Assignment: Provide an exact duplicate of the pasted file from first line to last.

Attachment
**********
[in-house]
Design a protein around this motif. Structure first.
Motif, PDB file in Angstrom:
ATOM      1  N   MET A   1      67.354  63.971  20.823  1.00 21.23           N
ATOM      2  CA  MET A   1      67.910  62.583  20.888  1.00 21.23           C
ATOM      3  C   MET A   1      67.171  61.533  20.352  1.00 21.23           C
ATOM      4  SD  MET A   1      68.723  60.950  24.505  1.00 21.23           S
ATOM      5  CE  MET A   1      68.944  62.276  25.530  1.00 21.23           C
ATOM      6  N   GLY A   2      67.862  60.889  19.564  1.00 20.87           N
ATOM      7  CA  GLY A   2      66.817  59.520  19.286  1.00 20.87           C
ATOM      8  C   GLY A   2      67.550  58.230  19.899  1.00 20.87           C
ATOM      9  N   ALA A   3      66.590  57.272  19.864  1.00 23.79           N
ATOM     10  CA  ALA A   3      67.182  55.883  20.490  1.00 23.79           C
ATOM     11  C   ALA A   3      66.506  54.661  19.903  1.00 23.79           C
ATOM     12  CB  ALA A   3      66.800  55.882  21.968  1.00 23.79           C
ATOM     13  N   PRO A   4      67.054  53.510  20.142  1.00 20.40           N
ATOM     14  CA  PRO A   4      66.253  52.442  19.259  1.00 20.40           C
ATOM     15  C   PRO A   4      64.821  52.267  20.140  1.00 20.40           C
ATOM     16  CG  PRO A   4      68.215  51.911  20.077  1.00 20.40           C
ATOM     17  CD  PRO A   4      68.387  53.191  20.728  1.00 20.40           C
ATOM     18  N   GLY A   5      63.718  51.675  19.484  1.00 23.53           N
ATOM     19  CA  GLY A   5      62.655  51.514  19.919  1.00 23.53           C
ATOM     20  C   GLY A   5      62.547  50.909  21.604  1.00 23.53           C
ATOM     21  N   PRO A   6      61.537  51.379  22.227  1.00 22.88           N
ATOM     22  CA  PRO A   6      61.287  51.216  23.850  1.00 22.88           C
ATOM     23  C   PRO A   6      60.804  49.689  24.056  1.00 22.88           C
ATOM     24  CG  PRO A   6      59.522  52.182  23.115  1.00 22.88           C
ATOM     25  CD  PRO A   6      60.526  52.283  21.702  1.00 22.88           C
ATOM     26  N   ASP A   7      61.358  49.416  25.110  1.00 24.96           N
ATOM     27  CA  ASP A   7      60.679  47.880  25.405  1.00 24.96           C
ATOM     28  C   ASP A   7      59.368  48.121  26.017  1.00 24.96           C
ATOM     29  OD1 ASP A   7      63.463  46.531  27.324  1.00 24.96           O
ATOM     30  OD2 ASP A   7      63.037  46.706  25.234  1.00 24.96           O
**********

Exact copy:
[in-house]
Design a protein around this motif. Structure first.
Motif, PDB file in Angstrom:
ATOM      1  N   MET A   1      67.354  63.971  20.823  1.00 21.23           N
ATOM      2  CA  MET A   1      67.910  62.583  20.888  1.00 21.23           C
ATOM      3  C   MET A   1      67.171  61.533  20.352  1.00 21.23           C
ATOM      4  SD  MET A   1      68.723  60.950  24.505  1.00 21.23           S
ATOM      5  CE  MET A   1      68.944  62.276  25.530  1.00 21.23           C
ATOM      6  N   GLY A   2      67.862  60.889  19.564  1.00 20.87           N
ATOM      7  CA  GLY A   2      66.817  59.520  19.286  1.00 20.87           C
ATOM      8  C   GLY A   2      67.550  58.230  19.899  1.00 20.87           C
ATOM      9  N   ALA A   3      66.590  57.272  19.864  1.00 23.79           N
ATOM     10  CA  ALA A   3      67.182  55.883  20.490  1.00 23.79           C
ATOM     11  C   ALA A   3      66.506  54.661  19.903  1.00 23.79           C
ATOM     12  CB  ALA A   3      66.800  55.882  21.968  1.00 23.79           C
ATOM     13  N   PRO A   4      67.054  53.510  20.142  1.00 20.40           N
ATOM     14  CA  PRO A   4      66.253  52.442  19.259  1.00 20.40           C
ATOM     15  C   PRO A   4      64.821  52.267  20.140  1.00 20.40           C
ATOM     16  CG  PRO A   4      68.215  51.911  20.077  1.00 20.40           C
ATOM     17  CD  PRO A   4      68.387  53.191  20.728  1.00 20.40           C
ATOM     18  N   GLY A   5      63.718  51.675  19.484  1.00 23.53           N
ATOM     19  CA  GLY A   5      62.655  51.514  19.919  1.00 23.53           C
ATOM     20  C   GLY A   5      62.547  50.909  21.604  1.00 23.53           C
ATOM     21  N   PRO A   6      61.537  51.379  22.227  1.00 22.88           N
ATOM     22  CA  PRO A   6      61.287  51.216  23.850  1.00 22.88           C
ATOM     23  C   PRO A   6      60.804  49.689  24.056  1.00 22.88           C
ATOM     24  CG  PRO A   6      59.522  52.182  23.115  1.00 22.88           C
ATOM     25  CD  PRO A   6      60.526  52.283  21.702  1.00 22.88           C
ATOM     26  N   ASP A   7      61.358  49.416  25.110  1.00 24.96           N
ATOM     27  CA  ASP A   7      60.679  47.880  25.405  1.00 24.96           C
ATOM     28  C   ASP A   7      59.368  48.121  26.017  1.00 24.96           C
ATOM     29  OD1 ASP A   7      63.463  46.531  27.324  1.00 24.96           O
ATOM     30  OD2 ASP A   7      63.037  46.706  25.234  1.00 24.96           O